Ant diversity (Hymenoptera: Formicidae) and predation by ants on the different stages of the sugarcane borer life cycle Diatraea saccharalis (Lepidoptera: Crambidae)
Data de publicação2012-07-02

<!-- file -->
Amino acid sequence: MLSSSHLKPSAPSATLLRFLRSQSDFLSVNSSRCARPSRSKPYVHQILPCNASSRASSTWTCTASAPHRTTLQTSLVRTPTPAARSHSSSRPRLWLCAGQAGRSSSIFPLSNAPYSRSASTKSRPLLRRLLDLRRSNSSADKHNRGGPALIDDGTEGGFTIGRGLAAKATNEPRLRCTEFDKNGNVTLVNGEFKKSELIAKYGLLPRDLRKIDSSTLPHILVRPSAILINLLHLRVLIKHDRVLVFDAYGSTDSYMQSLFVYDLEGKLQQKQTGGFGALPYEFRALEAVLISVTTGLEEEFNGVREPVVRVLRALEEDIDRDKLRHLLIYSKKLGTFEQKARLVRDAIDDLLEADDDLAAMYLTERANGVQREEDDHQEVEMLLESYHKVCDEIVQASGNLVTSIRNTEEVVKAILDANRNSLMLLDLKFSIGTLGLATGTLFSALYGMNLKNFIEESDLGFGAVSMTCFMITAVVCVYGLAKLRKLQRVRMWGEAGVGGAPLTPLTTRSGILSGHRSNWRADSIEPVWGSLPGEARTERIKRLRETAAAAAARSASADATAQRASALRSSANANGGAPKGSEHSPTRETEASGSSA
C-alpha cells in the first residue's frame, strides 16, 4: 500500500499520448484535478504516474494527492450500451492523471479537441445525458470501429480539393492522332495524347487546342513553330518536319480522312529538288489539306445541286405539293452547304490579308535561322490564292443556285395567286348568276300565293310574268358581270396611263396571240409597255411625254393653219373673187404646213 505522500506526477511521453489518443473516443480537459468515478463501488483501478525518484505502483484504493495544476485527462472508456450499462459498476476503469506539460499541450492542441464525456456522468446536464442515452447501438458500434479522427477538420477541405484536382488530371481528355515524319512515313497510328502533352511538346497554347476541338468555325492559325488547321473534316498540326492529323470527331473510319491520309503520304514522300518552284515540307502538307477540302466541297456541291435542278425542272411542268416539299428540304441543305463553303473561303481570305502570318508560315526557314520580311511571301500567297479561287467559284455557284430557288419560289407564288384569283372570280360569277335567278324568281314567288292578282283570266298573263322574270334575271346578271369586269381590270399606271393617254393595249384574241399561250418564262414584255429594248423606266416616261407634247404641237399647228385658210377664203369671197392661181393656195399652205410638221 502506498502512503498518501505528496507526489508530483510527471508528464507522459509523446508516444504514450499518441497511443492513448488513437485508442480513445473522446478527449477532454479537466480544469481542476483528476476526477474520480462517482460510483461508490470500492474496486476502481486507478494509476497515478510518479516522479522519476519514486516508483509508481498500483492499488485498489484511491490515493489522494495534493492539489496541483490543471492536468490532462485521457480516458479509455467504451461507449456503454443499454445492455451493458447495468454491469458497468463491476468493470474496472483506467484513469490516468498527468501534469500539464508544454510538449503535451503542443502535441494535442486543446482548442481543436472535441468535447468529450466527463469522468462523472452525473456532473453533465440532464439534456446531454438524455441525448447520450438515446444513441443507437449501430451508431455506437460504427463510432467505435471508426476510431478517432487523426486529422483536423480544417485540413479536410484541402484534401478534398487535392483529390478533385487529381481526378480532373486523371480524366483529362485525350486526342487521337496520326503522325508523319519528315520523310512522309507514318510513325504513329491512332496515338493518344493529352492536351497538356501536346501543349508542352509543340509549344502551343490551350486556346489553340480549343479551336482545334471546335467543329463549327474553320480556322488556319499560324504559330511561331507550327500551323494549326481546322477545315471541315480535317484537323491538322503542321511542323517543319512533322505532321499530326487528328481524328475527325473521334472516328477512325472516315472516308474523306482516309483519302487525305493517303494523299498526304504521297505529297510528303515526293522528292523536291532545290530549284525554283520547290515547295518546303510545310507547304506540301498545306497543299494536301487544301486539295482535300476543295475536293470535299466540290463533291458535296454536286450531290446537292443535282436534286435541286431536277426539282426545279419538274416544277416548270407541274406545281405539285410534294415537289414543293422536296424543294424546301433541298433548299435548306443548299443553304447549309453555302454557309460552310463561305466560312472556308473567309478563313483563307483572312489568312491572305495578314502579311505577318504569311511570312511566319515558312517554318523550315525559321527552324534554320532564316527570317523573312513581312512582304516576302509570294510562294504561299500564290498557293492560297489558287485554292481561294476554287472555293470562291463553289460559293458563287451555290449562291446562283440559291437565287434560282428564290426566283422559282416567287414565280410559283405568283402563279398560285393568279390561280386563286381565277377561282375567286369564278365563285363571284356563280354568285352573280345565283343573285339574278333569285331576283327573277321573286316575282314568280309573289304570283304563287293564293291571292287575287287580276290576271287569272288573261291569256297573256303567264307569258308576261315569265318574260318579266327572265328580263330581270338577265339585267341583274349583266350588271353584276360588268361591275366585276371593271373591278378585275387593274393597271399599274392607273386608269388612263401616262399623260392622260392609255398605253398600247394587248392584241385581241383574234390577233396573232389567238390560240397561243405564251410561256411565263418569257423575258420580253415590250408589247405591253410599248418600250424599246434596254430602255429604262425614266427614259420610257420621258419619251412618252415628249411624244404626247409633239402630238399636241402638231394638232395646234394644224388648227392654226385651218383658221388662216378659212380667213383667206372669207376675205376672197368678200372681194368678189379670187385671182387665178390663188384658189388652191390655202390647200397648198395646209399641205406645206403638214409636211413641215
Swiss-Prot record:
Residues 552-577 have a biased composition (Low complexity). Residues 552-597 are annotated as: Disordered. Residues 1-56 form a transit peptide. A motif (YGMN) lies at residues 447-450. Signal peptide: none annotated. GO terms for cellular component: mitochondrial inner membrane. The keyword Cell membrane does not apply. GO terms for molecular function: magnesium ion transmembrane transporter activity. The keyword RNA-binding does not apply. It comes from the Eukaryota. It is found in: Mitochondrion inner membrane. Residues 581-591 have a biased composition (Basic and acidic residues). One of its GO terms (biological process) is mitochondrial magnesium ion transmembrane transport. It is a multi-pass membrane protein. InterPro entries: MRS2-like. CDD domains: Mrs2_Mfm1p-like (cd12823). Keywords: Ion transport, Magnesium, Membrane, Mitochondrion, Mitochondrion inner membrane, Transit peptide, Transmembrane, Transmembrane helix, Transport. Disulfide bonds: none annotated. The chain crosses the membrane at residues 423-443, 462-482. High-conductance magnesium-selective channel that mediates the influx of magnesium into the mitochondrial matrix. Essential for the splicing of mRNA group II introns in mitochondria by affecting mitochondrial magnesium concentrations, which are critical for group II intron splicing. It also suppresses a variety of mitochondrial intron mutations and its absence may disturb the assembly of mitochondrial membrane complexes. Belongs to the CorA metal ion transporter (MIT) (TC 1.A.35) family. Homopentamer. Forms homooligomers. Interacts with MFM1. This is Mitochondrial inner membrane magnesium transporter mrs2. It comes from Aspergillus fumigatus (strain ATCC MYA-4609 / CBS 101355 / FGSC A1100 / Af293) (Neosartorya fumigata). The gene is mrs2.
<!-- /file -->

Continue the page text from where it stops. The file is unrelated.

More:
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The sugarcane borer Diatraea saccharalis is an important pest of sugarcane and ants are one of its main predators. The practice of burning sugarcane straw in situ after harvest has been gradually replaced in Brazil by other practices. However, it is unknown whether ants can control the abundance of this borer in the presence of straw. In this study, we assessed the diversity and species composition of ants attacking different stages of the pest's life cycle. Specifically, we asked whether the species richness and abundance of ants varies during the course of day and a year. We established one-hectare plots at random locations in a sugarcane plantation. Once a month, we collected 20 samples of each stage of the D. saccharalis life cycle and randomly distributed these samples as bait on plants spaced 20 m apart within a plot. Ants were collected daily in the morning and afternoon over a period of 12 months. We identified several aspects of ant feeding behaviour that may affect their biological control of the borer: (1) the greatest number of ants were collected from baits consisting of the immature stages of the sugarcane borer, (2) ants were most active in the morning and (3) their activity varied from month to month. Solenopsis saevissima and morphotypes of Crematogaster sp.7 and Pheidole sp.35 are potentially important predators of borers in sugarcane crops in which the straw is not burnt.